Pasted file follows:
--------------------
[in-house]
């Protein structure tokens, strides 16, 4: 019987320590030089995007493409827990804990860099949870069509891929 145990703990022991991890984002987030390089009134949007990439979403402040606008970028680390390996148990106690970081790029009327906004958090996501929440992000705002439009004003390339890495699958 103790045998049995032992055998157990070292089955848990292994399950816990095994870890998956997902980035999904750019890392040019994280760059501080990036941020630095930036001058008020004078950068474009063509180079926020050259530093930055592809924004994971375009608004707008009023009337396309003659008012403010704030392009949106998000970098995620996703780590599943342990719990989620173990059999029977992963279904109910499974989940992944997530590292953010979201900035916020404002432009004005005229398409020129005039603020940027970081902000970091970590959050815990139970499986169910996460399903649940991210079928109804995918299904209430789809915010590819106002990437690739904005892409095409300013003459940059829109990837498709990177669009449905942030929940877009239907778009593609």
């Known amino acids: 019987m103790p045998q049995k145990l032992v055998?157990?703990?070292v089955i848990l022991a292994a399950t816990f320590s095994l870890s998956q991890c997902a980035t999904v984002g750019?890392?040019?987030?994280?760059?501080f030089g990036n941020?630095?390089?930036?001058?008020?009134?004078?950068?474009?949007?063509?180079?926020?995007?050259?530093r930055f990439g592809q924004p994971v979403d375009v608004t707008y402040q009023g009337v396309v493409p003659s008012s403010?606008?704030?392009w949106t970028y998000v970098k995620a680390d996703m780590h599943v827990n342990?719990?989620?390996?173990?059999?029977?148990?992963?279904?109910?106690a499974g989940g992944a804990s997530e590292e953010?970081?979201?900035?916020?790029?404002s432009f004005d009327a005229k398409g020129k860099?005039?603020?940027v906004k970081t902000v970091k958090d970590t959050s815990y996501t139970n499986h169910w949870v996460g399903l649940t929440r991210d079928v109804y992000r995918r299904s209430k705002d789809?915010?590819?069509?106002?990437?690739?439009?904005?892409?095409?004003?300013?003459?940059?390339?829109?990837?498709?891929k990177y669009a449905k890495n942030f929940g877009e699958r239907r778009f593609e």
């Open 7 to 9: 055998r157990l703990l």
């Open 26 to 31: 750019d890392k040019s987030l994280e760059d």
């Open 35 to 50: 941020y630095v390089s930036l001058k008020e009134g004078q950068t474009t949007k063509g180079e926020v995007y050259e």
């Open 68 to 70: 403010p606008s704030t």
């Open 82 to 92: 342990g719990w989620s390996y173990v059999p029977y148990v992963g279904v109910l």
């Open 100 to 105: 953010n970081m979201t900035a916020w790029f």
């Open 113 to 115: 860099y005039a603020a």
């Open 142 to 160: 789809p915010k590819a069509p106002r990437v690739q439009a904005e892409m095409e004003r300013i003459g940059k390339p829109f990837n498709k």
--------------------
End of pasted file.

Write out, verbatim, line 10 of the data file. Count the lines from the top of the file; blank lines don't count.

């Open 113 to 115: 860099y005039a603020a």